Saturday, September 29, 2007

Happy Birthday Gene Autry

Today would be the 100th birthday of Gene Autry. He was not only a Cowboy, but an inspiration to many. He was the reason that Christopher made the "Cowboy Code" blogroll.

This is indeed a day worth thinking twice about.

Monday, September 24, 2007

Online University Courses

It never fails to amaze me how much some people will take advantage of a situation without realizing the consequences. My current term at the University of Maryland consists of all web-based courses. I was a bit aprehensive about the unfamiliar format, but it's actually very enjoyable. I have, however, been amazed at the fact that some of my "classmates" either cannot read, or simply don't care about their grades.

One key feature of these online courses is a feature called "conferences." Conferences are simply a spot on the website where the professor can post various topics and assignments, and the students can respond in writing. For my web development course, one of our recent assignments was to install and evaluate a web browser other than Internet Explorer or Netscape. I was eagerly awaiting the posting of the conference, so that I could pounce on Firefox. Firefox has been my browser of choice for a while now, and I am very pleased with it. Well, somebody else beat me to it.

Keep in mind that we were tasked with posting a written evaluation of a web me that would indicate a thorough description of features, pros, cons, etc. The individual that chose Firefox before I was able to posted an "evaluation" that read something like this: "Firefox is great. It's the best browser out there." That might not be verbatim, but it's pretty close. The "evaluation" was indeed two sentences that lacked any usable information. I was a bit irate when I read it. It's one thing to not be able to choose my favorite browser because I was too slow on the draw. It's another thing to lose out to someone that doesn't even provide an evaluation!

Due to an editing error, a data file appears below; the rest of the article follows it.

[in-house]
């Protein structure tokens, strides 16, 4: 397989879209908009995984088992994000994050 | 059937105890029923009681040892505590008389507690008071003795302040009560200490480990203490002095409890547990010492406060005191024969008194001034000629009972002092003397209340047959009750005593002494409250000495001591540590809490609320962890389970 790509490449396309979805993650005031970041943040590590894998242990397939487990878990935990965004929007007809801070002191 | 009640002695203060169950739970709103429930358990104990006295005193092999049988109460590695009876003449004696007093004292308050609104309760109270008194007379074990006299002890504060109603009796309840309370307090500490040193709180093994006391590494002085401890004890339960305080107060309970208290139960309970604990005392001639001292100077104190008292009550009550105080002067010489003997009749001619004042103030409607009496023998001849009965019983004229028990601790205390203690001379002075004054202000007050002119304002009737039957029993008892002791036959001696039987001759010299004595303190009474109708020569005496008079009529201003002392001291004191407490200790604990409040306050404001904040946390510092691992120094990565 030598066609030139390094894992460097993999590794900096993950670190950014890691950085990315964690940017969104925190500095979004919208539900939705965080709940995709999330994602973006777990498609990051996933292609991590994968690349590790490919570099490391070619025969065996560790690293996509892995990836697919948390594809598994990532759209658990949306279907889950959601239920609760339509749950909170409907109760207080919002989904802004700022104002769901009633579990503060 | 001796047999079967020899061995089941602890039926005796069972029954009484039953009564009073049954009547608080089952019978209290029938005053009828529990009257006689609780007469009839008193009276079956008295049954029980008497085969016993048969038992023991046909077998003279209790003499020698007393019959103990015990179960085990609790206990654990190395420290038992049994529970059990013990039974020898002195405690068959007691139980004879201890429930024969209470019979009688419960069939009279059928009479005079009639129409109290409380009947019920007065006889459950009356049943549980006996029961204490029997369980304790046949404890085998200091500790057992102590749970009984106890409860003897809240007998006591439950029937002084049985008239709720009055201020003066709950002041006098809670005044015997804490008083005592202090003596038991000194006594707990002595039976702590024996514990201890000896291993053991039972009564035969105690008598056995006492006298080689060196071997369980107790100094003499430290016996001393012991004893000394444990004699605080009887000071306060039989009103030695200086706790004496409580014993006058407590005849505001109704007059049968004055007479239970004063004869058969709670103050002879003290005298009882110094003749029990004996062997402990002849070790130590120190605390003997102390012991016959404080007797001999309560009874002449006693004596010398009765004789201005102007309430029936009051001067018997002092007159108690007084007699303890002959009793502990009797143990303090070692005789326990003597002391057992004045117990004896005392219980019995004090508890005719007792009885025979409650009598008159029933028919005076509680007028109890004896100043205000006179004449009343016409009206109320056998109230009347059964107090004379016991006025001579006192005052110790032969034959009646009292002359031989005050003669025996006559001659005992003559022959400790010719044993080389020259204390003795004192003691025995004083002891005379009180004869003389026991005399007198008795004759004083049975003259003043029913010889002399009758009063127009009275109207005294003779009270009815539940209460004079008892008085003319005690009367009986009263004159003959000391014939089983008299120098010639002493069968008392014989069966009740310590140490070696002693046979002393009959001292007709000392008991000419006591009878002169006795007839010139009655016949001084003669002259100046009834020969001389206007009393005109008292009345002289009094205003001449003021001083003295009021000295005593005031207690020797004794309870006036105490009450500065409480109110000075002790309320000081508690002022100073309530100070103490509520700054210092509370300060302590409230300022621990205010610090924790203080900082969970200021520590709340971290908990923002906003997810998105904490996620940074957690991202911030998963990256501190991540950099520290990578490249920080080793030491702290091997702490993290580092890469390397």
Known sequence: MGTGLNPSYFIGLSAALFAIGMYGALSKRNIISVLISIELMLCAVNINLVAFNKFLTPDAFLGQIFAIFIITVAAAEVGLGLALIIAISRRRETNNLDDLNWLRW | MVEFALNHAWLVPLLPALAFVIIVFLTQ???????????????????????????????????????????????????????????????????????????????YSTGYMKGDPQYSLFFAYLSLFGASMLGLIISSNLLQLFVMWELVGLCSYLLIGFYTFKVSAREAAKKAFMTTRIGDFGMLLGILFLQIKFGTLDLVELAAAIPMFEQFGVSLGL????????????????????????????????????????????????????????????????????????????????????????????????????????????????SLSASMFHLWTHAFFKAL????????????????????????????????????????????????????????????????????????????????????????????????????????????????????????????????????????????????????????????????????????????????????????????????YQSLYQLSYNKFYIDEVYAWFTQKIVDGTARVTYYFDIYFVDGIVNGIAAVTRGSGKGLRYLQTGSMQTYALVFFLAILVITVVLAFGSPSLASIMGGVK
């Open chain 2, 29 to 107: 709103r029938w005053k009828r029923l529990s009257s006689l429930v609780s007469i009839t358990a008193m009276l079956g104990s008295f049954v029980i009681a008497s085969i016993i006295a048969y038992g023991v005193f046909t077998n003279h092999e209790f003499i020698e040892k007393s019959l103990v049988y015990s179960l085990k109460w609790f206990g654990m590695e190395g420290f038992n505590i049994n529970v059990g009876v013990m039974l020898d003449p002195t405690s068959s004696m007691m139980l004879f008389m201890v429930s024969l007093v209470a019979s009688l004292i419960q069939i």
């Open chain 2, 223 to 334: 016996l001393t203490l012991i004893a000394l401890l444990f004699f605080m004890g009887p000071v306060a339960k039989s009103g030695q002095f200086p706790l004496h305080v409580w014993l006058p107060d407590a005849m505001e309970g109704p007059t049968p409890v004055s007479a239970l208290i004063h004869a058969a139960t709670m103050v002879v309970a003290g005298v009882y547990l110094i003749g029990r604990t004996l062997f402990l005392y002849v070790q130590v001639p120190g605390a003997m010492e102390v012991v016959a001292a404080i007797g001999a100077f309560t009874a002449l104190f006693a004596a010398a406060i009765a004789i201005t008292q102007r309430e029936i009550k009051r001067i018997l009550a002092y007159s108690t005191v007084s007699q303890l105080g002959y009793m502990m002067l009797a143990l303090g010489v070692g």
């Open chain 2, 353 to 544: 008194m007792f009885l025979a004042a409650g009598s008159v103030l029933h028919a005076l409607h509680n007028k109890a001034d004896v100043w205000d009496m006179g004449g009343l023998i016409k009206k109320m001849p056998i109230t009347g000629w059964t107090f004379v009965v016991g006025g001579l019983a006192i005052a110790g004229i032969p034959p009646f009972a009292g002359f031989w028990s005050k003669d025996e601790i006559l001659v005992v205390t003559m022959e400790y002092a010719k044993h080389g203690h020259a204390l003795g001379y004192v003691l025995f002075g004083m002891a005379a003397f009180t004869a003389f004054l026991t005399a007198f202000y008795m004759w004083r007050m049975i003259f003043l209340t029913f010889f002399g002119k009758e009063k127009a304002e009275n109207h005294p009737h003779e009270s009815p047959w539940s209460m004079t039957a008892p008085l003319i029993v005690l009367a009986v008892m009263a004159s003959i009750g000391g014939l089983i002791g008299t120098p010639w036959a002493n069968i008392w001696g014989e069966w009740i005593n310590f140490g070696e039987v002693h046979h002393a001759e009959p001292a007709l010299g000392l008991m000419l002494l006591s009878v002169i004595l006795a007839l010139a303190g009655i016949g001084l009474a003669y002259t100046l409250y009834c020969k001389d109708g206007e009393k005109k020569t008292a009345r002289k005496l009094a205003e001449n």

I posted a response to that individual's comment that actually consisted of an evaluation of Firefox, and I followed the spirit of the assignment by posting my own evaluation of an entirely different browser (see my last post).

Not only did that one individual ignore the parameters of the assignment, but the majority of my classmates did as well. Instead of everyone evaluating a different browser, most chose to simply post their own evaluation of Firefox...WTF? A couple of people were bold enough to cut and paste the description of the browser from the Mozilla website. I could have sworn that that was plagarism, but I could be wrong.

In a nutshell, these people either do not care about their grades, or can't manage to comprehend verbiage as complex as "each student will evaluate a different browser." Oh well. They're making my performance stand out in a positive way. Perhaps they'll keep it up for the duration of the class, but I hope not (for their sake).

Monday, September 17, 2007


As part of a class assignment, I had to try out a web browser other than Internet Explorer, and write an evaluation of it. I was going to use Firefox, since that's what I'm used to, but somebody beat me to it. Instead, I tried SeaMonkey. I'm glad that I did.